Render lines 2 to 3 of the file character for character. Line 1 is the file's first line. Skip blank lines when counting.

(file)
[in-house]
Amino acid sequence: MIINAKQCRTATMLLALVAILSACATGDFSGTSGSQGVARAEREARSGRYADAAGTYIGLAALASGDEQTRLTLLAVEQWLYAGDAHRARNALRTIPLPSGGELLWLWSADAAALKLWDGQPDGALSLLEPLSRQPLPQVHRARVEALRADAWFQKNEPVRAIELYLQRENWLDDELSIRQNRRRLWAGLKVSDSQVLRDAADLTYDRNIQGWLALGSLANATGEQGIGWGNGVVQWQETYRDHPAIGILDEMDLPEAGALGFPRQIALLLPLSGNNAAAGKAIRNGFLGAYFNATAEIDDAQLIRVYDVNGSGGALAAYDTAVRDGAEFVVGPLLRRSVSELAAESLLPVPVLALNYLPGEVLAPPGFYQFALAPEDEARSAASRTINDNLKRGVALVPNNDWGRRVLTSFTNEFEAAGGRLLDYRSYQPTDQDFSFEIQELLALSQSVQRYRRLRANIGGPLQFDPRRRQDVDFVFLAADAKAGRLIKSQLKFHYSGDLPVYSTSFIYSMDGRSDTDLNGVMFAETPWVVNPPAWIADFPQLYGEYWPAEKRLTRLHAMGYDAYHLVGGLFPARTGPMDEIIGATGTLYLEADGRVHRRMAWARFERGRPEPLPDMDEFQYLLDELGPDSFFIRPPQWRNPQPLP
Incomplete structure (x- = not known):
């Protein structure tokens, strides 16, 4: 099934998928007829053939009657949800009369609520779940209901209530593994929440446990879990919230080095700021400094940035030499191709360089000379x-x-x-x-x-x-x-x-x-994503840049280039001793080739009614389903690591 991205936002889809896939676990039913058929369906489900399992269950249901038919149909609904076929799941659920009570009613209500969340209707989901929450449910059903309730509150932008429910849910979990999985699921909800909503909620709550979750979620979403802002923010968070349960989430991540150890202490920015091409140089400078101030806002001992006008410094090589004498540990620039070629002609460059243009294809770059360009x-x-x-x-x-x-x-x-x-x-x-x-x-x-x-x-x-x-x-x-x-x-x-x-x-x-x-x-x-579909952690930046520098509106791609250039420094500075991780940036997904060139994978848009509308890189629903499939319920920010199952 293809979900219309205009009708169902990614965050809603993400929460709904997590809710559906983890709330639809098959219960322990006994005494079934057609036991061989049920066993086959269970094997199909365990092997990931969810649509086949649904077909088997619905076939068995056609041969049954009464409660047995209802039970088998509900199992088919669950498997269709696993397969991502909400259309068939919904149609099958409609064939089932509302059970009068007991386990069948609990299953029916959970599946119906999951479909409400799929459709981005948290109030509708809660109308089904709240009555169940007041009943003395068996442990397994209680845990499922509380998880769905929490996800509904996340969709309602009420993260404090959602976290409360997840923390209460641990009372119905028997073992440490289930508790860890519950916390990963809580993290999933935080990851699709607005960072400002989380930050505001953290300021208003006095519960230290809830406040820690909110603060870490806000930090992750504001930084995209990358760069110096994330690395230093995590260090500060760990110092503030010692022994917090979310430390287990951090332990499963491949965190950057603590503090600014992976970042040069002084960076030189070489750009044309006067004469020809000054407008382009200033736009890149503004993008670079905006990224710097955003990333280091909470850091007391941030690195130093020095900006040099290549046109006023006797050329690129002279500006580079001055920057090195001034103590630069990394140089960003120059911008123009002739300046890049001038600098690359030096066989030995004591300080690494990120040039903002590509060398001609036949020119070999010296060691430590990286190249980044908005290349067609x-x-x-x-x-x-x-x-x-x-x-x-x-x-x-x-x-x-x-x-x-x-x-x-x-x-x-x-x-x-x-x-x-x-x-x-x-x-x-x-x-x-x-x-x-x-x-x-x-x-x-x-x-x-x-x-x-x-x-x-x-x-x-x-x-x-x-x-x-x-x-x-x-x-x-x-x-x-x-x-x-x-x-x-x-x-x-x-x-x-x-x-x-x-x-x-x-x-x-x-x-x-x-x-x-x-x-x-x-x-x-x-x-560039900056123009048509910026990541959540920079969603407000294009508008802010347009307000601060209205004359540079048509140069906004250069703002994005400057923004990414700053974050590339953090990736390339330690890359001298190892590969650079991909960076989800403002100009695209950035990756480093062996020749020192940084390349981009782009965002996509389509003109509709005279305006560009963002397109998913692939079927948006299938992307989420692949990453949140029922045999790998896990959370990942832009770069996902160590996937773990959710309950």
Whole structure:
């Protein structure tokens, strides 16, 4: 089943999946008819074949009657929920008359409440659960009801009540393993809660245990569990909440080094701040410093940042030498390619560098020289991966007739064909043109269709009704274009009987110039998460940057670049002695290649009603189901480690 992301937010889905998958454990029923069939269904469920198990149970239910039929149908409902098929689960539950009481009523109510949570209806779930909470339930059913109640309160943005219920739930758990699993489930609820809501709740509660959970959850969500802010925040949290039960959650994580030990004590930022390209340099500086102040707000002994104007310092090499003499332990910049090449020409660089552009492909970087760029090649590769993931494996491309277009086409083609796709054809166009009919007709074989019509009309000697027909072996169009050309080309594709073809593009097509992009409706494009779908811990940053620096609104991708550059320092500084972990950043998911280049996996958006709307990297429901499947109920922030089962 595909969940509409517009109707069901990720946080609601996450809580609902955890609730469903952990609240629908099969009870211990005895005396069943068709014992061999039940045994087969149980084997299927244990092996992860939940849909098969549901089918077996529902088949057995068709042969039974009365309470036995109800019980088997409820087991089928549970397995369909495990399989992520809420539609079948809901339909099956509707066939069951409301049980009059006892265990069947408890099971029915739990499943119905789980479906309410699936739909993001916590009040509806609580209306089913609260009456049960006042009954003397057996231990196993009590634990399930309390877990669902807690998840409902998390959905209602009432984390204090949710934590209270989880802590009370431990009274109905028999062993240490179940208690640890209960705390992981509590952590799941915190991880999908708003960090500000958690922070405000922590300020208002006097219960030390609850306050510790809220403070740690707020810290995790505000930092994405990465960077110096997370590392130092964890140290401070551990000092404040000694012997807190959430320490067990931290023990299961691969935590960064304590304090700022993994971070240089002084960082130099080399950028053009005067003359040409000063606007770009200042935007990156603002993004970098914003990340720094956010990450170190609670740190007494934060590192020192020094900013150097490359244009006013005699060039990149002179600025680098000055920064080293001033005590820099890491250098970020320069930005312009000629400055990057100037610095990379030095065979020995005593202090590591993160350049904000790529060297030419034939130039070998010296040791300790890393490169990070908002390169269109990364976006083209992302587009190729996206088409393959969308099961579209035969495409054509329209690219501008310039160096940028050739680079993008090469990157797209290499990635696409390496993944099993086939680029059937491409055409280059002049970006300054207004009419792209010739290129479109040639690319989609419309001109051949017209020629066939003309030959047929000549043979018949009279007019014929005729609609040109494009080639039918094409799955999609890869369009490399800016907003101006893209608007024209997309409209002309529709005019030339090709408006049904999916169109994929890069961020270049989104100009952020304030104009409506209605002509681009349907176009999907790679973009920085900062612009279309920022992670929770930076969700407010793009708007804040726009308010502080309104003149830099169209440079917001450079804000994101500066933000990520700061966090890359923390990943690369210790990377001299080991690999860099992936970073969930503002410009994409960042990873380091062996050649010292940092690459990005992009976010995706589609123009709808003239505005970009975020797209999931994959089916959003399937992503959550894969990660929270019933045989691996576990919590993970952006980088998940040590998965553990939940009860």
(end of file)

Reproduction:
Amino acid sequence: MIINAKQCRTATMLLALVAILSACATGDFSGTSGSQGVARAEREARSGRYADAAGTYIGLAALASGDEQTRLTLLAVEQWLYAGDAHRARNALRTIPLPSGGELLWLWSADAAALKLWDGQPDGALSLLEPLSRQPLPQVHRARVEALRADAWFQKNEPVRAIELYLQRENWLDDELSIRQNRRRLWAGLKVSDSQVLRDAADLTYDRNIQGWLALGSLANATGEQGIGWGNGVVQWQETYRDHPAIGILDEMDLPEAGALGFPRQIALLLPLSGNNAAAGKAIRNGFLGAYFNATAEIDDAQLIRVYDVNGSGGALAAYDTAVRDGAEFVVGPLLRRSVSELAAESLLPVPVLALNYLPGEVLAPPGFYQFALAPEDEARSAASRTINDNLKRGVALVPNNDWGRRVLTSFTNEFEAAGGRLLDYRSYQPTDQDFSFEIQELLALSQSVQRYRRLRANIGGPLQFDPRRRQDVDFVFLAADAKAGRLIKSQLKFHYSGDLPVYSTSFIYSMDGRSDTDLNGVMFAETPWVVNPPAWIADFPQLYGEYWPAEKRLTRLHAMGYDAYHLVGGLFPARTGPMDEIIGATGTLYLEADGRVHRRMAWARFERGRPEPLPDMDEFQYLLDELGPDSFFIRPPQWRNPQPLP
Incomplete structure (x- = not known):